Dawn came; from all the doomsaying she’d heard over the night, Cascata supposed she ought to be surprised. She didn’t know victory could ever be so gloomy.
Well, they did have a point. It wasn’t so much the victory as it was the price. The clan had experienced several expensive victories lately, and this was the costliest. The trend couldn’t continue. Cascata would see what she could do about that.
As sensational as some of them were, the clan had finally managed to sleep. Their fear must not have translated into insomnia. As usual, the only civilian she encountered in her morning rounds was Idris.
“Oi Lad. Should ya be movin’ already?”
“Turns out it was nothing to worry about,” Idris shrugged. “That spine was long enough to hit the heart, but it didn’t. I guess he just couldn’t push through that mess between the ribs.”
That seemed unlikely, but Cascata wasn’t there to see it and Idris was understandably traumatized at the time. Whatever the case, she was relieved.
“Glad ta hear that. I’m told th’ heart’s kinda important,” Cascata clapped him on the shoulder.
He laughed. “That’s what they tell me. Have you seen Jaquan? He wasn’t in the apprentice tent.”
That could be a problem. Cascata doubted he was brave enough to go anywhere dangerous, but still… “Nah, ain’t seen ‘im. This unlike ‘im?”
“Not really,” Idris admitted. “But he was acting weird after the battle. Not like I blame him, but it does have me a little worried.”
“Weird how?” Cascata asked.
“Quiet and hard-to-find weird.” Idris replied.
Shoulda known. “Ah’ll send him yer way when I’m done wit’ ‘im. I wanna have Kirana give ‘im her thoughts on his arch’ry. May as well get that started now.”
“Alright. Thanks Matron.”
She mussed his hair and moved on. Where would that squirt go when he was upset? Historically, the answer was ‘to Idris.’ If he was avoiding his favorite brother on purpose, something had to be wrong.
The Elder told Cascata all about the pair when she suggested they become warrior apprentices. Cascata had a good laugh when she heard about how the nurses first paired them together. They kept having to save Jaquan from an unending sequence of imaginary crises, and Idris was causing constant panics when a nursery headcount came up short because he was napping while the group moved on.
Someone finally realized they should put the human dynamo and his toys next to the human sedative, and they’d been inseparable ever since. It wasn’t long before they could just lay a blanket down with a few hours worth of easier craftswork, and leave the pair be for half a day. Even the adults found sleepy Idris to be a relaxing presence, so he was like an insatiable leech for Jaquan’s anxiety. Likewise, Jaquan’s boundless enthusiasm kept Idris engaged.
Even when Idris’s sleeping problems began and the Elder had him start sleeping in the sun, Jaquan likened the bigger boy to a sleeping bear and felt safest making his crafts next to him. The success of the pairing inspired the nurses to experiment grouping other children into groups of complementary personalities.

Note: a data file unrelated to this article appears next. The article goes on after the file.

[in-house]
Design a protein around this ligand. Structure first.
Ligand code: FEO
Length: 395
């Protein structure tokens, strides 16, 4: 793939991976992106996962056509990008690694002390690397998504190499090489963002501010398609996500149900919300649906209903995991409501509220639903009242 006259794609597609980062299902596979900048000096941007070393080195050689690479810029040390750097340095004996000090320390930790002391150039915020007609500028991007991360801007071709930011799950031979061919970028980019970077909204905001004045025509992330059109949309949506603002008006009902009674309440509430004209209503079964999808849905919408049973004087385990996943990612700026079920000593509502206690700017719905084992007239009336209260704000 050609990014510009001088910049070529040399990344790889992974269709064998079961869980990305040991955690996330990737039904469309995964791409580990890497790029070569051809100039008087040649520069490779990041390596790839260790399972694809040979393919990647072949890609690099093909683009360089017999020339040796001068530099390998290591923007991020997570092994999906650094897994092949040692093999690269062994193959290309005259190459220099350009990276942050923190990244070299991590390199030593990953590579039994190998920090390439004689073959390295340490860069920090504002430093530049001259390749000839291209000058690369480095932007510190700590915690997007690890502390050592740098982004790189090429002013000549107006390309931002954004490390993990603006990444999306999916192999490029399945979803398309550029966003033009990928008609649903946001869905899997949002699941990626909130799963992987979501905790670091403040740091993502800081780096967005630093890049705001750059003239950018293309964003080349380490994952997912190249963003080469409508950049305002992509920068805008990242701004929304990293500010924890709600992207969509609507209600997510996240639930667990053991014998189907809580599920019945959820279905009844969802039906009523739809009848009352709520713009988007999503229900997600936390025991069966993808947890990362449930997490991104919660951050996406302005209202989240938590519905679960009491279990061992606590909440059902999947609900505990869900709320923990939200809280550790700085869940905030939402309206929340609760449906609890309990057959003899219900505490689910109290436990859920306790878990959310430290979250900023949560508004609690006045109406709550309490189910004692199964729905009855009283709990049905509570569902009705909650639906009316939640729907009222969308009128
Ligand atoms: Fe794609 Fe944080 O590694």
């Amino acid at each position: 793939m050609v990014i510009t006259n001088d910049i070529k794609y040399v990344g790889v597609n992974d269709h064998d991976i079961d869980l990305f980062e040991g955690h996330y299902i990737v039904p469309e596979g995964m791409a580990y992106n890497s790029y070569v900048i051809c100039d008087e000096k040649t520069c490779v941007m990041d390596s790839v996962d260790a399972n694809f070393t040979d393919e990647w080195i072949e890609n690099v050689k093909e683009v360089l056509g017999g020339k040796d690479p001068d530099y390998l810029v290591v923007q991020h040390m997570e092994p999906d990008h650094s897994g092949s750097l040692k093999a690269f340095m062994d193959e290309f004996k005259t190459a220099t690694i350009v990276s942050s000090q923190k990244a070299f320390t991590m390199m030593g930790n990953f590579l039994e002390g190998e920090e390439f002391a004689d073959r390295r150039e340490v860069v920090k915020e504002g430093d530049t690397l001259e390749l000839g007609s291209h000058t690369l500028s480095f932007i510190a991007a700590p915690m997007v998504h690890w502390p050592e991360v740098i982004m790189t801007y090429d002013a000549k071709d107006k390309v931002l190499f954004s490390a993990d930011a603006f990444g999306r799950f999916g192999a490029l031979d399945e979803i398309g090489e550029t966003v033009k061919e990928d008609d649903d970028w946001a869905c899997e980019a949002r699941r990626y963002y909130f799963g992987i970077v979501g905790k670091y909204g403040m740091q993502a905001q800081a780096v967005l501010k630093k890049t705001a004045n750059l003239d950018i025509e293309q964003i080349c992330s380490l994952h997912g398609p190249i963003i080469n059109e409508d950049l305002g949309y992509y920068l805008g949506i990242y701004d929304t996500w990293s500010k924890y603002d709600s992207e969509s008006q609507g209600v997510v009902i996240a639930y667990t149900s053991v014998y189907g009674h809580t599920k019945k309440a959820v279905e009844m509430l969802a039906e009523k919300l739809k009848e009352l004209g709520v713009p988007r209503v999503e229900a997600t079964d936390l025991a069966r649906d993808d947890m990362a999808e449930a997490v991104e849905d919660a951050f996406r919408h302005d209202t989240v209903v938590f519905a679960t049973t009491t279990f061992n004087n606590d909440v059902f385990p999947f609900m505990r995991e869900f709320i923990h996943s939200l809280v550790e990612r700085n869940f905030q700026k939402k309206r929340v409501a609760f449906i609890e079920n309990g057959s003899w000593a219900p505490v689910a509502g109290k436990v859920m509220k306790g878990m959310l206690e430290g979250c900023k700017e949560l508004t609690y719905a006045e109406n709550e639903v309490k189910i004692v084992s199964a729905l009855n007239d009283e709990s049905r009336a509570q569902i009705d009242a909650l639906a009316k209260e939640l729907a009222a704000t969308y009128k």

Cascata doubted they had a particular affinity for war, but who ever did? She thought of that boy she killed when the Breathers attacked; The type ya shouldn’t let make war, that’s who. The clan needed warriors, so affinity or no, the cooperative apprentice-age boys made good candidates. She hoped they would forgive her.
She’d wandered through most of the camp and still hadn’t found Jaquan. What had him so bothered? The answer could be any of too many possibilities: the boy most scared of dying had just been confronted with the most credible threat to his life yet. The clan just lost a lot of good people, and for all Cascata knew, some of them were especially dear to him. Plus, his best friend was injured by a monster right in front of him.
Hm. Now it feels like I’m gettin’ somewhere.
She spun on her heel and headed towards the woods. If Jaquan was avoiding Idris, it probably had everything to do with Idris. The boy’s personality was nothing like hers, so she wasn’t sure how Idris’s injury affected him. She may not understand ‘why,’ but at least she knew ‘what.’
Once free of the tents and waking family, it was easy to spot him a short distance down the slope. He stood staring at the forest, shivering a little in the morning chill.
“Hey lad,” she greeted, stopping next to him.
“This is the closest I can get.” He said, nodding at the woods. “Even one step further and I just shut down.”
“Good,” Cascata knocked on his head like she would a door. “Ya got no business in there. Wouldn’t do nobody no good.”
“How do you do it, matron?” he asked. “How do you turn you fear off.”
“I ‘unno how other people do. I just don’t think I feel it like you do.”
“So I’m just not good enough…”
“Who says yer way’s worse’n mine? I ain’t sure bein’ numb ta fear means I’m better, what math led ya to think that?”
“Idris almost died because I was too scared to move!”
“Nuh-uh,” Cascata denied. “Idris almost died ‘cause he wrestled a monster.”
“If I weren’t such a coward, if I could have held my bow steady, maybe I could have helped him!”